5 Steps To Take Before Approaching Investors

Preparing for the next step in your business is a roller coaster of emotions. You're not the only one having to endure the anxiety of the unknown. You've spent time developing your brand, and now you have to get the money to keep it going. Asking for money can be daunting, but if you have confidence in your brand and its ability to grow, then you have nothing to worry about. I've created a checklist for you to refer to. You'll be ready to walk into the boardroom and pitch the hell out of your brand in no time.

Is your business plan done?

The one thing you have to be sure of is the completion of your business plan. Your business plan is the blueprint for the progression of your business. Make sure you have someone read it over. Having a second eye take a look is important and can point out things you've either missed or didn't know you should add.


What does your financial section cover?

Your financial section is an essential part of your business plan. Your financial section is what your investor will look at before deciding to back you. Make sure you have as much information as possible and be as detailed as you can be to explain how much you'll need and why you'll need it.


In the long run, you'll know what to ask. You can get an idea of whom to ask funds. You'll also understand what your business can cover on its own. Having investors is a good move, but the idea is to keep a small number of chefs in the kitchen. Being detailed will help you explain how sure are you that your brand will be sustainable after receiving the funds from your investors.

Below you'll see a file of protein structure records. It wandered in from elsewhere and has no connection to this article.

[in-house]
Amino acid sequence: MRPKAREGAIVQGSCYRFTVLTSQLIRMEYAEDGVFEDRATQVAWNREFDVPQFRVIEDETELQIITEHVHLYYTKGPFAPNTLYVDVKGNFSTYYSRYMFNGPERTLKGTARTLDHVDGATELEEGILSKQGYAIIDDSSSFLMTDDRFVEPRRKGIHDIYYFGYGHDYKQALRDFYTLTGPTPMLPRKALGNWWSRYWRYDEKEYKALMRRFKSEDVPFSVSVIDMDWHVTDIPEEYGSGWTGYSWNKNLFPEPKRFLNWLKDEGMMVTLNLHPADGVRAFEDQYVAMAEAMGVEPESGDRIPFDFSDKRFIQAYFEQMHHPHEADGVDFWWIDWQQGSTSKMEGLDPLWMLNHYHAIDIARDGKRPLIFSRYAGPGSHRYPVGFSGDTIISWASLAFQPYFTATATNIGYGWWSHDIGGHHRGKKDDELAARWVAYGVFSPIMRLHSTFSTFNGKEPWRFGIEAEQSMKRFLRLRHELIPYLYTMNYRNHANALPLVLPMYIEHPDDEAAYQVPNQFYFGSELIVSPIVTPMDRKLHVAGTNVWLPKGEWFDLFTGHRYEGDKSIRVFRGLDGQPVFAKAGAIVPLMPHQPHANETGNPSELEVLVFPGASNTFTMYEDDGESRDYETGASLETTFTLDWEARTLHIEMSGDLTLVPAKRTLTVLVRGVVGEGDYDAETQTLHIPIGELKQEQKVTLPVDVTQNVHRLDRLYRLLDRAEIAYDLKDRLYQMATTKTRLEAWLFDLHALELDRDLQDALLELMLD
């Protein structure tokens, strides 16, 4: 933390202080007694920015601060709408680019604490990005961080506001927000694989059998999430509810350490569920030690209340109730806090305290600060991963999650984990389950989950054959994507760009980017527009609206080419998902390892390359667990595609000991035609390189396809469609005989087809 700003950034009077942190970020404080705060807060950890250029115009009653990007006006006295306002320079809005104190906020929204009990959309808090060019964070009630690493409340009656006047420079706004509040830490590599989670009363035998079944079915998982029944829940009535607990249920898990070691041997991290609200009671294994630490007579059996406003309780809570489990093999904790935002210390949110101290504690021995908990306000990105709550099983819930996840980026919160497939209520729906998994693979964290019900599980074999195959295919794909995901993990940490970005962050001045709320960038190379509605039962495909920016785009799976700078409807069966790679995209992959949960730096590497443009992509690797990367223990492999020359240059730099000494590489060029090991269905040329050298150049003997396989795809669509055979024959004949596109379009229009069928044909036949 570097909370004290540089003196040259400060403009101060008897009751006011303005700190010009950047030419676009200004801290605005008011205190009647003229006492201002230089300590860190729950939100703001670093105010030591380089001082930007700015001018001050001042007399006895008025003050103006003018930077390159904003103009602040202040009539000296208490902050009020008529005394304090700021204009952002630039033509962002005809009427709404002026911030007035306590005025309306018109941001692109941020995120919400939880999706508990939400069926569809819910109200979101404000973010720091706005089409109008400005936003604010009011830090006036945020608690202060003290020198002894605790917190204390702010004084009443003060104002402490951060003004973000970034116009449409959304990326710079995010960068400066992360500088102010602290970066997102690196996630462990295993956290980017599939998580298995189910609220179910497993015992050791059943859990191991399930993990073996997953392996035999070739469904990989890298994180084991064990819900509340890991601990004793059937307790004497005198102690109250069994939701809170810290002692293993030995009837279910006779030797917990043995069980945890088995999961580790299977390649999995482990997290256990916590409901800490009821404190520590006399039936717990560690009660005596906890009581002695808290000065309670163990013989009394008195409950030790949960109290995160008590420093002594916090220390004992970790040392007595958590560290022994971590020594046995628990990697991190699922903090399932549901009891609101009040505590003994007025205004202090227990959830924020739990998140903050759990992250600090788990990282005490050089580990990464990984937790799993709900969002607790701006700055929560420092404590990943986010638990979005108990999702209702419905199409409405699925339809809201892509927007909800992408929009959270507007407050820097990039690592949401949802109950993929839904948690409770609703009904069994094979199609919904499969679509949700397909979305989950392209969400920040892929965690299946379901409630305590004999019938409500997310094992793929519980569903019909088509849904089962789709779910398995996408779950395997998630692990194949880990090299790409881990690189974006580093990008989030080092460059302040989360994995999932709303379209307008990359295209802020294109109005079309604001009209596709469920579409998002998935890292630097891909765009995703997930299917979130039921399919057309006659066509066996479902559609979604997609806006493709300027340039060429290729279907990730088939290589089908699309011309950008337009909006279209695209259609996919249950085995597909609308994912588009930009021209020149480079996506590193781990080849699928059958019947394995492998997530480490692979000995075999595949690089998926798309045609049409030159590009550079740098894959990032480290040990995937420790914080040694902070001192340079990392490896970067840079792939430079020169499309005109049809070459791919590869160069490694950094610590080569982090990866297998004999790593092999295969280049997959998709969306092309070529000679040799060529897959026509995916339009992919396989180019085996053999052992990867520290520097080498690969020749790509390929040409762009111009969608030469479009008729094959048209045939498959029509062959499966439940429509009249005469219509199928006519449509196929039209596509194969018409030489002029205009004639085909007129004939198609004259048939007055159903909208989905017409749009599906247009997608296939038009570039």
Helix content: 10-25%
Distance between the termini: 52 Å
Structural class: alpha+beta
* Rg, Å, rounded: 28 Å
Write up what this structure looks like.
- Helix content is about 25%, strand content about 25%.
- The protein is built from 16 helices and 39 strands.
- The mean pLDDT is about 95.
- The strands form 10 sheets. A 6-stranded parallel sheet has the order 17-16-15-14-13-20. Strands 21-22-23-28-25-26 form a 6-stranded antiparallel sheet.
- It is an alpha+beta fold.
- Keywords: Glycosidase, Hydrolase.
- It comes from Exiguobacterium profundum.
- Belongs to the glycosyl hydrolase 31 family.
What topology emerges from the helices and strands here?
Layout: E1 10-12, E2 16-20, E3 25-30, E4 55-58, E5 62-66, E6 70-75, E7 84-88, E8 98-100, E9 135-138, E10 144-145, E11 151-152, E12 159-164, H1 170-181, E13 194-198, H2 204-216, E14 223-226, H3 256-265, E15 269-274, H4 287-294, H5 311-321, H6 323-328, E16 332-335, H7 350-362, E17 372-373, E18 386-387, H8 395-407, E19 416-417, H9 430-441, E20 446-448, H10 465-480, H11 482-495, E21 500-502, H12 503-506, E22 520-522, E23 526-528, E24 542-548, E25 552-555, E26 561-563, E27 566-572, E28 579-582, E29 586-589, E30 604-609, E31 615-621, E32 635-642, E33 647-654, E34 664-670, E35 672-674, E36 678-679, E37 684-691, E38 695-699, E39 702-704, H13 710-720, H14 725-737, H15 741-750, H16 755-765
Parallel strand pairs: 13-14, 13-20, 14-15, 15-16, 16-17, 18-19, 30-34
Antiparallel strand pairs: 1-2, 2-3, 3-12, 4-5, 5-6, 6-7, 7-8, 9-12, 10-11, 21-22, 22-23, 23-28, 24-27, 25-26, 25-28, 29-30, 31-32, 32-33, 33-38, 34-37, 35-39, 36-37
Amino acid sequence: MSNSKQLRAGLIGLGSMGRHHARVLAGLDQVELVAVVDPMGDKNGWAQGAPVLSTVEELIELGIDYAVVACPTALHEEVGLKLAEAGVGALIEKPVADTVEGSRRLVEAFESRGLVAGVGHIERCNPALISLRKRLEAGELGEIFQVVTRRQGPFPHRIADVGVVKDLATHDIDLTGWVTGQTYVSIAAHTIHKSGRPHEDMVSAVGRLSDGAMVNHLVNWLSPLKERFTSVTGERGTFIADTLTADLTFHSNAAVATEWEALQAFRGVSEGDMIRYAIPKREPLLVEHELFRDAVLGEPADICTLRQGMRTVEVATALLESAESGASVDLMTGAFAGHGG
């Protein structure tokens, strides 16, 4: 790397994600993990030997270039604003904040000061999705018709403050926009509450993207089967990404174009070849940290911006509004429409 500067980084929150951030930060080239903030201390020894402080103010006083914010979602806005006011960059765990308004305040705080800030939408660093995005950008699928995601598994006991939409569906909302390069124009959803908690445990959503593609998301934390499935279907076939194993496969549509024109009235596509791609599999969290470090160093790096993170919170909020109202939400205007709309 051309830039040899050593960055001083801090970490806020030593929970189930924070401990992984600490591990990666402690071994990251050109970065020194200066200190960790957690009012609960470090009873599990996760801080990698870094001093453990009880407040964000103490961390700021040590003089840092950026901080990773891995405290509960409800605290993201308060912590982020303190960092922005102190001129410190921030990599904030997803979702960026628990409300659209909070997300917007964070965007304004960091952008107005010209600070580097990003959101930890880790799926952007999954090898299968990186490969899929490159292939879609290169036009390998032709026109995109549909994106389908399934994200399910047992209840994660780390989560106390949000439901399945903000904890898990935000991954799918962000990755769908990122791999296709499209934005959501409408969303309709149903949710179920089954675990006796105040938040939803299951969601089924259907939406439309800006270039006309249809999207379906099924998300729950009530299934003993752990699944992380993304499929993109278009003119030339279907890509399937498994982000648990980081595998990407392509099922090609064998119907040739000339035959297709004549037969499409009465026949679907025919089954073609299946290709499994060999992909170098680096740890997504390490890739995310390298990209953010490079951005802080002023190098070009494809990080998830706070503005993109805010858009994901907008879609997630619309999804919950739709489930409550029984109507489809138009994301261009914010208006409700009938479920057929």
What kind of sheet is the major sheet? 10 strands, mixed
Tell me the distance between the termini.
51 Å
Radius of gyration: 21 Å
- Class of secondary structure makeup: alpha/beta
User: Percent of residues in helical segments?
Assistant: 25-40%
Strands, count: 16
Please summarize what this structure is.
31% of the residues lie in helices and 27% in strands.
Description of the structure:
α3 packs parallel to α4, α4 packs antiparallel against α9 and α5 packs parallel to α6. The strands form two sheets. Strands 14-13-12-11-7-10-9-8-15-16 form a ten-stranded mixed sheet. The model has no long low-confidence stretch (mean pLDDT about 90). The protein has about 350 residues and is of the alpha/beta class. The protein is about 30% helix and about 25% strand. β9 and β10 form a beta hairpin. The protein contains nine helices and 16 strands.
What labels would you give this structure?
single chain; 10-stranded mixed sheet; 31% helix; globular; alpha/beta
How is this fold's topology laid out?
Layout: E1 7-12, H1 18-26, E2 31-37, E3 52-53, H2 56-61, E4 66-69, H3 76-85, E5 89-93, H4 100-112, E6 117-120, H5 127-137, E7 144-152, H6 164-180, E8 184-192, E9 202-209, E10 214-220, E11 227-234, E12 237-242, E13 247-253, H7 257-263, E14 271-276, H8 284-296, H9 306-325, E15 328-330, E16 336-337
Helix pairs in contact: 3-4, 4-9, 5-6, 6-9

Do you know how much money you need?

Be clear of what you need. Have it written and ready to be pitched. Ask for what you need, nothing more and nothing less.

How to sway your investor

If your brand is already making money, this is good; it shows your investor that your strategies work, and their cash will offer your company the opportunity to function on a broader scale.


If your company is not making money because it hasn't hit the market yet, that's okay too. You can explain that you need start-up costs, and the money they invest will cover the overhead costs for your business.


If you've been in business and haven't made any revenue, this can make your investor weary. The way to sway them into your favor is to compare your old business model to your new one. Showing them that you understand where you needed help will put them at ease and more likely to give you funding.


Are you ready to negotiate?

If an investor asks for ownership and you're okay with those type of terms being negotiated to be sure that you're ownership outweighs theirs. Keep 50% of your company and negotiate smaller amounts of dollars instead of lessening your ownership value.


I hope this helped. If you have any questions drop it in the comment section and I'd be sure to answer!


Until next time make smart money!



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